Privatizing Foreign Policy: The Road to Iran

Lawrence Davidson writes in a guest op-ed for IC:

Americans' penchant for paying little attention to their nation's foreign policies has powerful and disastrous effects on national politics and policy-making. Here are two important implications:

1. Popular disinterest in foreign affairs means that the vast majority of Americans abrogate their say in foreign policy formulation to a small number of citizens who do care about specific foreign policies and, constituting themselves as lobbies, are organized to make their influence felt. This can be seen clearly in the case of the invasion and occupation of Iraq. The war was planned and launched by small groups of Americans with specific, ideologically based, perceptions of the world. These ideologically motivated lobbies, whether ethnically oriented or neoconservative in nature, have little connection to the local concerns of the majority of Americans. Yet the consequences of their actions have impacted all of us.

2. Because most Americans pay little attention to foreign affairs they lack the knowledge necessary to accurately contextualize the situation when foreign events do seem to intrude upon their lives. The assertion that Iraq was in possession of weapons of mass destruction that were to be used on American targets was an example of such a situation. Having no objective knowledge to assess this claim, Americans had to rely on the information given to them by others, most of the time government spokesmen and media “pundits.” The average citizen had no way of knowing if these alleged experts did or did not know what they were talking about, and if they had reasons to present a biased picture of events. However, the consistent supplying of what turned out to be less than objective information to millions of citizens who were otherwise ignorant, created a “thought collective” capable of moving the entire national population to war. Millions of lives have been lost or ruined as a consequence. This story is not a unique one. It has happened before and could soon happen again with the alleged threatening nation now being Iran.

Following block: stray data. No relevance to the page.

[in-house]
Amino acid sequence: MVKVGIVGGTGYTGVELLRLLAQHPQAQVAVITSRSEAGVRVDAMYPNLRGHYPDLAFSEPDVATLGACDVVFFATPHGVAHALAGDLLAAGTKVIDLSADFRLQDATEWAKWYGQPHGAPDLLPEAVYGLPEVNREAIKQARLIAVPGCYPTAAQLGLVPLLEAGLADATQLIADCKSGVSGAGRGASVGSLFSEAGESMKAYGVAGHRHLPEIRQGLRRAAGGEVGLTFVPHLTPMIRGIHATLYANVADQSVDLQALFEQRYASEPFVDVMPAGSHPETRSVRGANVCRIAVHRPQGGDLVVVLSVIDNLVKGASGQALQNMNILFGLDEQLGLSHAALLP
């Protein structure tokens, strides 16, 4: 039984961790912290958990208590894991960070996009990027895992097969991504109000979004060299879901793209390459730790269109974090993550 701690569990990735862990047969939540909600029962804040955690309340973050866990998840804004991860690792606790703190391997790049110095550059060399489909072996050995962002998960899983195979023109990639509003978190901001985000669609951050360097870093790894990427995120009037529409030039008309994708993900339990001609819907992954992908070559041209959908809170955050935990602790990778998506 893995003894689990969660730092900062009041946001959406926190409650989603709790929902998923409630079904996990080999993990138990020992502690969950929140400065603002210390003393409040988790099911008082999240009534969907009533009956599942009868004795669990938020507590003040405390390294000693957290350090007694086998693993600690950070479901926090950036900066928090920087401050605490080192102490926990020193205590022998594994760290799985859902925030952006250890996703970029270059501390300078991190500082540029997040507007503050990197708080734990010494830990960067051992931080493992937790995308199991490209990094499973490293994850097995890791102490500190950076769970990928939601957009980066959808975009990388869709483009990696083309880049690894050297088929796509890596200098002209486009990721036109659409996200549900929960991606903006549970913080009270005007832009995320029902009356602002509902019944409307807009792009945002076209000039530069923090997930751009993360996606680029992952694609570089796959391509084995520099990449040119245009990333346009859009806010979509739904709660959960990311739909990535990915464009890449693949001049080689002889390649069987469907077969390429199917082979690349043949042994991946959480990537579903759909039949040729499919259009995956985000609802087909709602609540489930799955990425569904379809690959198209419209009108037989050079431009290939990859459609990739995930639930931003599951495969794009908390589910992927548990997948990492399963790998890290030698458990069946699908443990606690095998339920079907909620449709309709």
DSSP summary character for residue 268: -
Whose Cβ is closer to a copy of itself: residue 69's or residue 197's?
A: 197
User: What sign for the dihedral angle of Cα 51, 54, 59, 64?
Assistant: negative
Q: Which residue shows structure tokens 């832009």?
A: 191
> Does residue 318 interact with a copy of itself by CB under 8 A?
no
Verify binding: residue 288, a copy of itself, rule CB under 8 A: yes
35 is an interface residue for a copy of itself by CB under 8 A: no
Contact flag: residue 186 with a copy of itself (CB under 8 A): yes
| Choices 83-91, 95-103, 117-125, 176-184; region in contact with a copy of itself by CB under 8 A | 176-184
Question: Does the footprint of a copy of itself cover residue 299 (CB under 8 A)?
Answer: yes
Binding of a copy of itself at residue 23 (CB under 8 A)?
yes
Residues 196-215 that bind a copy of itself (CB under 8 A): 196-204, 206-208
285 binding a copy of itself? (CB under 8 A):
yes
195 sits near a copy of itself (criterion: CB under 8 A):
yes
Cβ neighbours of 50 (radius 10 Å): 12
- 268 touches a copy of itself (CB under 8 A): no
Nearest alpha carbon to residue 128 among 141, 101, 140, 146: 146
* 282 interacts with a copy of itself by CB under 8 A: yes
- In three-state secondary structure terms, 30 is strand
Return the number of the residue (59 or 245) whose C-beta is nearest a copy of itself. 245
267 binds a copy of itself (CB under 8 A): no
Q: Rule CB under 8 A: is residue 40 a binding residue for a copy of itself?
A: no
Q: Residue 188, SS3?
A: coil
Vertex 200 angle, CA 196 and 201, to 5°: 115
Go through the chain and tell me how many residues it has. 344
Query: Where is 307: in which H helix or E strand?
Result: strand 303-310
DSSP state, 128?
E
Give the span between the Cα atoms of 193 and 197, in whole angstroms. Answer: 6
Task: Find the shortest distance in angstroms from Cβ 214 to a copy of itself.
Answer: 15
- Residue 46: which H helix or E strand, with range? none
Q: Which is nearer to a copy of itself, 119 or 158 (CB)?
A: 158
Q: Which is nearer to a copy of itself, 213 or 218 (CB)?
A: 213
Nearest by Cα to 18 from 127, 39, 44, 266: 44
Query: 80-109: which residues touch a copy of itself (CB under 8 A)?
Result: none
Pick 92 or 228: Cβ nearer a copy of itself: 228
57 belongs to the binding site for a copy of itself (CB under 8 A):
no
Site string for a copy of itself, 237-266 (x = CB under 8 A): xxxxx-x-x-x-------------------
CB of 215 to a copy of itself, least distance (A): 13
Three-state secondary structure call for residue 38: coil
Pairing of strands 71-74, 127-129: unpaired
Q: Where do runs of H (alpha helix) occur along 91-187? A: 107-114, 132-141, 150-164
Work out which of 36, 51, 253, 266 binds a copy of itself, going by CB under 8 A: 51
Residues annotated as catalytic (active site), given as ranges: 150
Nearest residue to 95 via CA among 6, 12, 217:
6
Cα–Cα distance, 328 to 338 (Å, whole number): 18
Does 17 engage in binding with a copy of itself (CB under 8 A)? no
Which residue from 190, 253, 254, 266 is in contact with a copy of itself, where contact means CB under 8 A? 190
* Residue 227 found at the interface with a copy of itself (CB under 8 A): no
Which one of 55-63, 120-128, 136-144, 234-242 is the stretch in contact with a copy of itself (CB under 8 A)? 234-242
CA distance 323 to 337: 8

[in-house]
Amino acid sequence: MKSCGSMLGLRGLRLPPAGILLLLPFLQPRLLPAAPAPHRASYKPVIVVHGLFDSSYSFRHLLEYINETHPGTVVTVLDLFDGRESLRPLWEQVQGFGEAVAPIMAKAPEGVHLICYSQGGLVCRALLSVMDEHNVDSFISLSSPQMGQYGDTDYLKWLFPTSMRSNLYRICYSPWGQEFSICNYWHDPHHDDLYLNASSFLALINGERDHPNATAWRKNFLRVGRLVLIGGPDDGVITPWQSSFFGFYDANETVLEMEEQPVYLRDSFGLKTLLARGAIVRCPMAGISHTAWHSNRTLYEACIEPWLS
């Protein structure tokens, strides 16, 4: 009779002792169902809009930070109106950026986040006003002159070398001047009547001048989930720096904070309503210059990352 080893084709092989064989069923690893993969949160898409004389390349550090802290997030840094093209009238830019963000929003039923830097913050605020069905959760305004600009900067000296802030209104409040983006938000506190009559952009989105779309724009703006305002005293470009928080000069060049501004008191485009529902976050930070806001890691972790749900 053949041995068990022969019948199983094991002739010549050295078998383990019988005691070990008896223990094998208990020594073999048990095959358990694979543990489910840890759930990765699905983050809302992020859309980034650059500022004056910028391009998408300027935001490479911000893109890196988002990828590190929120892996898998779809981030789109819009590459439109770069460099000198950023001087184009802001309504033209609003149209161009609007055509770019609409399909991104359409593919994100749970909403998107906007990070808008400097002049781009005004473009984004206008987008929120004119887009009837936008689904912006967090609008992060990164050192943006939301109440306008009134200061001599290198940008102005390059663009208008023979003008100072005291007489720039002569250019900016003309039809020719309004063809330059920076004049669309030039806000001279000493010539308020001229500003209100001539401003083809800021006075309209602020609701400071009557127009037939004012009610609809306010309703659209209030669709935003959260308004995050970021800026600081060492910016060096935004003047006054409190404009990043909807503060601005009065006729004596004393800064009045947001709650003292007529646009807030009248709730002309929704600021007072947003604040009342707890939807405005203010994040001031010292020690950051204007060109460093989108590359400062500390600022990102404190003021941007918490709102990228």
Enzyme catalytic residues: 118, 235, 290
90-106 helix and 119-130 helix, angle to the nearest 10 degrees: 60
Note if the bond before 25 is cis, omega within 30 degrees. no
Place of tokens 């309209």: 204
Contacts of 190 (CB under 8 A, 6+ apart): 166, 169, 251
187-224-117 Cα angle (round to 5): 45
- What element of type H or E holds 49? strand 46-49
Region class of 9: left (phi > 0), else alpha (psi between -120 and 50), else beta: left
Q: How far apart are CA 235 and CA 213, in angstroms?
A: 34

Iran is a nation that has never invaded another country in modern times. Its civilian nuclear research activities are legal under international law and the United Nations International Atomic Energy Agency has reported no evidence of nuclear weapons development. Yet, the same lobbies and politicians who led the United States into Iraq now insist that Iran is also worthy of sanctions and attack. Once again, the vast majority of Americans have no major sources of information on this issue apart from those which have already failed them in the case of Iraq. Nor are our elected officials behaving in ways that might prevent a compounding of the disaster of Iraq with another disaster in Iran. Why is this so?

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Tags: foreign policy, iran, privitization
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